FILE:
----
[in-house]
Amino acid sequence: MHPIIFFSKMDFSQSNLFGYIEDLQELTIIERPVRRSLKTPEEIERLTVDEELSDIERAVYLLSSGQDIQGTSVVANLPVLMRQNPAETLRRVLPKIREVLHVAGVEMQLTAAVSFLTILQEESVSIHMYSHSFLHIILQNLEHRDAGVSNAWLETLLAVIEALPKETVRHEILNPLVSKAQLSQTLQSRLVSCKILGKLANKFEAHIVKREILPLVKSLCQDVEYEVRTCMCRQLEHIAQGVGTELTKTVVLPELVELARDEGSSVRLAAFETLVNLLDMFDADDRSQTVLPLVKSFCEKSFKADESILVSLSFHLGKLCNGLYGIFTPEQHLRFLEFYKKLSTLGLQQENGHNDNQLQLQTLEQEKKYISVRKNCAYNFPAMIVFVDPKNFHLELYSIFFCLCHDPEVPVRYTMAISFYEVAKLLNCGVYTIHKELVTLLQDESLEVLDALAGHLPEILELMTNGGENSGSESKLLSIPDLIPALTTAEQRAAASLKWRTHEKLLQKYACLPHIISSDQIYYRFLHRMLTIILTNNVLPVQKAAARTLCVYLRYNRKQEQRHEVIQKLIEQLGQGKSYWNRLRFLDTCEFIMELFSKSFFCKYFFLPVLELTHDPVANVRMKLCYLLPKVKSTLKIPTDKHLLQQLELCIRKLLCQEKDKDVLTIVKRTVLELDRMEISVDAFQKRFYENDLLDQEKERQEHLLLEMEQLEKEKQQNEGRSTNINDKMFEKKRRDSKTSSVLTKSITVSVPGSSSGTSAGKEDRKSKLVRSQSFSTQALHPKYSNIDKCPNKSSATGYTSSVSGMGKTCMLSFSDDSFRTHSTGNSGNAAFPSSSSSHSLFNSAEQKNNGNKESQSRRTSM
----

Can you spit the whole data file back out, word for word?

[in-house]
Amino acid sequence: MHPIIFFSKMDFSQSNLFGYIEDLQELTIIERPVRRSLKTPEEIERLTVDEELSDIERAVYLLSSGQDIQGTSVVANLPVLMRQNPAETLRRVLPKIREVLHVAGVEMQLTAAVSFLTILQEESVSIHMYSHSFLHIILQNLEHRDAGVSNAWLETLLAVIEALPKETVRHEILNPLVSKAQLSQTLQSRLVSCKILGKLANKFEAHIVKREILPLVKSLCQDVEYEVRTCMCRQLEHIAQGVGTELTKTVVLPELVELARDEGSSVRLAAFETLVNLLDMFDADDRSQTVLPLVKSFCEKSFKADESILVSLSFHLGKLCNGLYGIFTPEQHLRFLEFYKKLSTLGLQQENGHNDNQLQLQTLEQEKKYISVRKNCAYNFPAMIVFVDPKNFHLELYSIFFCLCHDPEVPVRYTMAISFYEVAKLLNCGVYTIHKELVTLLQDESLEVLDALAGHLPEILELMTNGGENSGSESKLLSIPDLIPALTTAEQRAAASLKWRTHEKLLQKYACLPHIISSDQIYYRFLHRMLTIILTNNVLPVQKAAARTLCVYLRYNRKQEQRHEVIQKLIEQLGQGKSYWNRLRFLDTCEFIMELFSKSFFCKYFFLPVLELTHDPVANVRMKLCYLLPKVKSTLKIPTDKHLLQQLELCIRKLLCQEKDKDVLTIVKRTVLELDRMEISVDAFQKRFYENDLLDQEKERQEHLLLEMEQLEKEKQQNEGRSTNINDKMFEKKRRDSKTSSVLTKSITVSVPGSSSGTSAGKEDRKSKLVRSQSFSTQALHPKYSNIDKCPNKSSATGYTSSVSGMGKTCMLSFSDDSFRTHSTGNSGNAAFPSSSSSHSLFNSAEQKNNGNKESQSRRTSM